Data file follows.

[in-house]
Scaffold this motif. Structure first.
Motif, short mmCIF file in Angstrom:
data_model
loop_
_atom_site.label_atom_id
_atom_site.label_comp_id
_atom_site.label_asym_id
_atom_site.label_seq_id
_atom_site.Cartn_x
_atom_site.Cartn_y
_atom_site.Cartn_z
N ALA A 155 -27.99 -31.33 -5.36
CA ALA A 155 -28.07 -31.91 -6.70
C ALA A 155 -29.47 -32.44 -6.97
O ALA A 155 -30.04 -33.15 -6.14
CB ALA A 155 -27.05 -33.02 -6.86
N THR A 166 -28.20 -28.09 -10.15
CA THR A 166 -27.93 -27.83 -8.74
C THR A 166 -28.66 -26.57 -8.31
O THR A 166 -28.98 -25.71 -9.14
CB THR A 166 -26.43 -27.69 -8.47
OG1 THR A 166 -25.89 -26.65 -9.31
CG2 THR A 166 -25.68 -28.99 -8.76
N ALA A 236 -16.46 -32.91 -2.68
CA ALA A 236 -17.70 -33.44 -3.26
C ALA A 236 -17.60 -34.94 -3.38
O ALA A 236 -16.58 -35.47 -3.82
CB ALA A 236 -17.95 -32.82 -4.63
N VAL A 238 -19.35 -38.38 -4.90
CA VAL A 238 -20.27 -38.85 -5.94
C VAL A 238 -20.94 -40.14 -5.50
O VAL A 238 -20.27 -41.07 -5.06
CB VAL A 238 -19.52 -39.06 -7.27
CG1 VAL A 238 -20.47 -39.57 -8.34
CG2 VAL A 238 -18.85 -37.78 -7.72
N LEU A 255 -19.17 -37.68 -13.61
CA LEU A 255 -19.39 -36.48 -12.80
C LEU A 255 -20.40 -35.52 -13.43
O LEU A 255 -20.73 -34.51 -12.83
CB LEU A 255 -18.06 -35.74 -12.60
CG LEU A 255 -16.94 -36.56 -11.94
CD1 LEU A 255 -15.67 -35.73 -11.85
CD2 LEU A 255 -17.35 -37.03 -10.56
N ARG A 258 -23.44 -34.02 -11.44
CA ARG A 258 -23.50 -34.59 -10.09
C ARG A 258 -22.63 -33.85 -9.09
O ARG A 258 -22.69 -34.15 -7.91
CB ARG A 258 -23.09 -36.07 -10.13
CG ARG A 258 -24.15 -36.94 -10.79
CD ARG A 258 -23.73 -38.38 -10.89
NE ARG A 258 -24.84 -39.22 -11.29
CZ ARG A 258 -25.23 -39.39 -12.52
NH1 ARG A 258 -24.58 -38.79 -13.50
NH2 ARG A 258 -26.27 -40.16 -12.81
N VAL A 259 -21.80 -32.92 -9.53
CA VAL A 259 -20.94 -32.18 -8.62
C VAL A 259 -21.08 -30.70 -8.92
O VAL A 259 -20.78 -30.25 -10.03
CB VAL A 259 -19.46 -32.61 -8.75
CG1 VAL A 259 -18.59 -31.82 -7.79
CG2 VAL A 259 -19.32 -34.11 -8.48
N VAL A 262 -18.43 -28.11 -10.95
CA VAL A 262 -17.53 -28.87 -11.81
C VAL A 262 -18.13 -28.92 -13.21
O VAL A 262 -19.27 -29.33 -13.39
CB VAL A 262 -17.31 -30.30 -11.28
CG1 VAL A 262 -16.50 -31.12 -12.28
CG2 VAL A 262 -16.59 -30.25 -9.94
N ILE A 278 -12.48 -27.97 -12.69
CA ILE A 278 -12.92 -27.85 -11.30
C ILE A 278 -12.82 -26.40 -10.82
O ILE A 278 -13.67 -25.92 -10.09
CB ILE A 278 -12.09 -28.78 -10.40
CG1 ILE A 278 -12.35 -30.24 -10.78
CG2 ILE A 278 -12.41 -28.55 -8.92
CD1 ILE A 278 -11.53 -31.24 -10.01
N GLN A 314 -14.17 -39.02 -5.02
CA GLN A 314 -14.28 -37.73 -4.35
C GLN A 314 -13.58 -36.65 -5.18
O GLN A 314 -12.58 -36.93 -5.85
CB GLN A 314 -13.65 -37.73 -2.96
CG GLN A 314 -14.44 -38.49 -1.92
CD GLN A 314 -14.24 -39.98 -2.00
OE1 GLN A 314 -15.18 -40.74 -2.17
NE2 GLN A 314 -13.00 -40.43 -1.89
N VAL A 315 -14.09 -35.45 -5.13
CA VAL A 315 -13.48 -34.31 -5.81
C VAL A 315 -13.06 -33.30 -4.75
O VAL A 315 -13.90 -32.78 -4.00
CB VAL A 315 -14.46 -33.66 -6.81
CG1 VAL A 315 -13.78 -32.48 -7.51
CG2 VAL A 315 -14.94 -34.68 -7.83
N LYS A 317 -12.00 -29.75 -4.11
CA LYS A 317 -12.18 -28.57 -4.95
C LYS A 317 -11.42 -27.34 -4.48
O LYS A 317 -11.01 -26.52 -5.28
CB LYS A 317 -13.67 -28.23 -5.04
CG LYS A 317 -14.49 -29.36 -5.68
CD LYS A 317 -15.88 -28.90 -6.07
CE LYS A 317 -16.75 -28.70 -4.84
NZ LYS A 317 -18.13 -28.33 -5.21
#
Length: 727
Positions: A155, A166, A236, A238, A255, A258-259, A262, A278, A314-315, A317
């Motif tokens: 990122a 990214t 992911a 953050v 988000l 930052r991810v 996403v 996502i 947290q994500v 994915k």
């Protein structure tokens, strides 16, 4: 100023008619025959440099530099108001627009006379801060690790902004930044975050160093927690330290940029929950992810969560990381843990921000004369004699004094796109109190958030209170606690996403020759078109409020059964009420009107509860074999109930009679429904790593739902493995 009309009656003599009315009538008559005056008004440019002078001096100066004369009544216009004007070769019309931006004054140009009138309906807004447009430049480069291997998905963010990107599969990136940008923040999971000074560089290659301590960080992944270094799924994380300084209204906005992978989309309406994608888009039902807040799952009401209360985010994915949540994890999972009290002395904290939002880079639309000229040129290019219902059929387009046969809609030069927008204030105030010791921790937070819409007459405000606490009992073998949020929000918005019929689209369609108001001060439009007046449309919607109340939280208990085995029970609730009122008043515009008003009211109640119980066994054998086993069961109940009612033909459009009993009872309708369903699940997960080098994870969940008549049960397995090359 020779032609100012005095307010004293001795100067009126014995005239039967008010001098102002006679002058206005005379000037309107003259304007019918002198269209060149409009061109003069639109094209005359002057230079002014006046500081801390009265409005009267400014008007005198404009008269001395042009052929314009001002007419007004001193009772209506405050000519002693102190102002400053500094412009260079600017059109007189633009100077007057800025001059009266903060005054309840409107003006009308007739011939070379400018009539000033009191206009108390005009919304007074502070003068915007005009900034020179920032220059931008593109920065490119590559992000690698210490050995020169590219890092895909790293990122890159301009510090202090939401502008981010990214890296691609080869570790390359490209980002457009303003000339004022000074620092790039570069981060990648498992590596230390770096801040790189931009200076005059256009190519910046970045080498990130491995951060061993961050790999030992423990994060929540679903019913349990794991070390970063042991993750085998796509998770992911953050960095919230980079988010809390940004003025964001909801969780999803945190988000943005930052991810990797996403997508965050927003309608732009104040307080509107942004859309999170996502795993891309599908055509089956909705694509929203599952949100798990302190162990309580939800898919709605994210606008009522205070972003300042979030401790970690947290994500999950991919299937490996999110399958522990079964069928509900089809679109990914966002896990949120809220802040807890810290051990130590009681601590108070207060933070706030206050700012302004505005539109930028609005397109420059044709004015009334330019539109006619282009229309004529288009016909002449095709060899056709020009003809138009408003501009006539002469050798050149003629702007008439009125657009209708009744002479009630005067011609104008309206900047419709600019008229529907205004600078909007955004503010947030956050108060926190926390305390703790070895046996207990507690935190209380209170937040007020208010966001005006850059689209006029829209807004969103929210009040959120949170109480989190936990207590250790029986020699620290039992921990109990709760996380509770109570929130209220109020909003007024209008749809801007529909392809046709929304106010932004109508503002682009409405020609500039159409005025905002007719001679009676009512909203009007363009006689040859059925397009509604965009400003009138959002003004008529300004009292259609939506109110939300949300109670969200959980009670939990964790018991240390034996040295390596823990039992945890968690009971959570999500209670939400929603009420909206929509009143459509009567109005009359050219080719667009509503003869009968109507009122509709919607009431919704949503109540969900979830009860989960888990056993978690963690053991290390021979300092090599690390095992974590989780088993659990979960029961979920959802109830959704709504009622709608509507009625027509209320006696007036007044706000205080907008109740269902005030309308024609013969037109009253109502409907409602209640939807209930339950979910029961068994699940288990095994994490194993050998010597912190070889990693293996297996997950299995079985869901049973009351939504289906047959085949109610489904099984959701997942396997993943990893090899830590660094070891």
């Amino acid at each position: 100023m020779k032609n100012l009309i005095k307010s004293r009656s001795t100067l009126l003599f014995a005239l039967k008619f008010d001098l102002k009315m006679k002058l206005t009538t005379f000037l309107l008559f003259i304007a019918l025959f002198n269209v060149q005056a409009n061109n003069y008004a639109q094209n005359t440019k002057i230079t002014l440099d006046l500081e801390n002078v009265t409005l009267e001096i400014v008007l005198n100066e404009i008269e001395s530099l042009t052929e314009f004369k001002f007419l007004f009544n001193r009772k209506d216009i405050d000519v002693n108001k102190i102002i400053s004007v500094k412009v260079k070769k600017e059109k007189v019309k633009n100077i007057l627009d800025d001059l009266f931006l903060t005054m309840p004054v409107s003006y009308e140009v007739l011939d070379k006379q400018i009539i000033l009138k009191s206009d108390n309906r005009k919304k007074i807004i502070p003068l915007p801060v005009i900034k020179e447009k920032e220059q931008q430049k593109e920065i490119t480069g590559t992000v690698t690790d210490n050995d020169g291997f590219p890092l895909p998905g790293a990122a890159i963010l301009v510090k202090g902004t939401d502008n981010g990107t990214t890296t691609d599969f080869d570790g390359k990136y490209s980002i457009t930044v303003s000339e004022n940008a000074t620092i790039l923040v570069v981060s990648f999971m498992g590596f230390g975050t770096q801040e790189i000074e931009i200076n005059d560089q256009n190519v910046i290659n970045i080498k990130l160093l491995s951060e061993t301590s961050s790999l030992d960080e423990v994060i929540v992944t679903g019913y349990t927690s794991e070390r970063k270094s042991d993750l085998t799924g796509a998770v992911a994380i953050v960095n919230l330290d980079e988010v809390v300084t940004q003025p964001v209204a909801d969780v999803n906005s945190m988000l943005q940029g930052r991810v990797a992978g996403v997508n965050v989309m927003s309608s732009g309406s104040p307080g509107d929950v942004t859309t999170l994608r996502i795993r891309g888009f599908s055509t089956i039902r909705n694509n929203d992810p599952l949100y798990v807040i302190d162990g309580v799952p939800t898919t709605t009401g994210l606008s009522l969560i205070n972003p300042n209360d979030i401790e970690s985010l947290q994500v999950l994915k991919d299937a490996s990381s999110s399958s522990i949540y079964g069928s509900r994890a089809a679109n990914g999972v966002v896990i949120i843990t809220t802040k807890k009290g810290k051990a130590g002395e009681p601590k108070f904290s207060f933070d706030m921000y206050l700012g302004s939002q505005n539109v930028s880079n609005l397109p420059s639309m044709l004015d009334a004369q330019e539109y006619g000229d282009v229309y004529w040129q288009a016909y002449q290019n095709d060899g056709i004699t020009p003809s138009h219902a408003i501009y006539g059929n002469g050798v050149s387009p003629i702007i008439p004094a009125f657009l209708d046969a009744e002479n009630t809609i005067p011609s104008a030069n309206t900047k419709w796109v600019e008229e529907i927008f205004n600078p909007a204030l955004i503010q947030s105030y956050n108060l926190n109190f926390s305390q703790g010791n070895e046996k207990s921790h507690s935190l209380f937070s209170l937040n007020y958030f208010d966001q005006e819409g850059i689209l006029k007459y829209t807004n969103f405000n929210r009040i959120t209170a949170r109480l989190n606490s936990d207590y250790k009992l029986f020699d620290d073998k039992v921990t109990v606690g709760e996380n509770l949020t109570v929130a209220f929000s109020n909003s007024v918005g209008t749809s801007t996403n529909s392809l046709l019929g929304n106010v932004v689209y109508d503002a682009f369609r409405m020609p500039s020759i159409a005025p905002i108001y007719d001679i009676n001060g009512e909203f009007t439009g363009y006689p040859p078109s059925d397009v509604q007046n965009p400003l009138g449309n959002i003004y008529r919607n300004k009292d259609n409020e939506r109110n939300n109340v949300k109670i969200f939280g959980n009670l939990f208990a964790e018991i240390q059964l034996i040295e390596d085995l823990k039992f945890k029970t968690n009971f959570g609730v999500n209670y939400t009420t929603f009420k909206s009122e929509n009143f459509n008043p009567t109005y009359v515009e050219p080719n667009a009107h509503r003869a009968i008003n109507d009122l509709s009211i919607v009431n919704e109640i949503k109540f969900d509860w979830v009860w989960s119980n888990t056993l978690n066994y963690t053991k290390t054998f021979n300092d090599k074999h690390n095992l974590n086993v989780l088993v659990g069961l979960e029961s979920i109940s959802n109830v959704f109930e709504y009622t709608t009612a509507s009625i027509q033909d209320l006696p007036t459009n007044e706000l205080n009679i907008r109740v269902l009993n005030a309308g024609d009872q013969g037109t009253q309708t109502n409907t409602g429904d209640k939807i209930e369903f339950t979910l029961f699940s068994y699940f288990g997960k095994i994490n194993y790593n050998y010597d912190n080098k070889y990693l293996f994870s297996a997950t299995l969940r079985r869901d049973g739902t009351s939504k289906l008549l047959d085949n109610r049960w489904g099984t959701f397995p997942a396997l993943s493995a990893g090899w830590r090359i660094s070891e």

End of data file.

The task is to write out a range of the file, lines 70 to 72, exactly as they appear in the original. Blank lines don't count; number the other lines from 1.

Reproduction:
N ILE A 278 -12.48 -27.97 -12.69
CA ILE A 278 -12.92 -27.85 -11.30
C ILE A 278 -12.82 -26.40 -10.82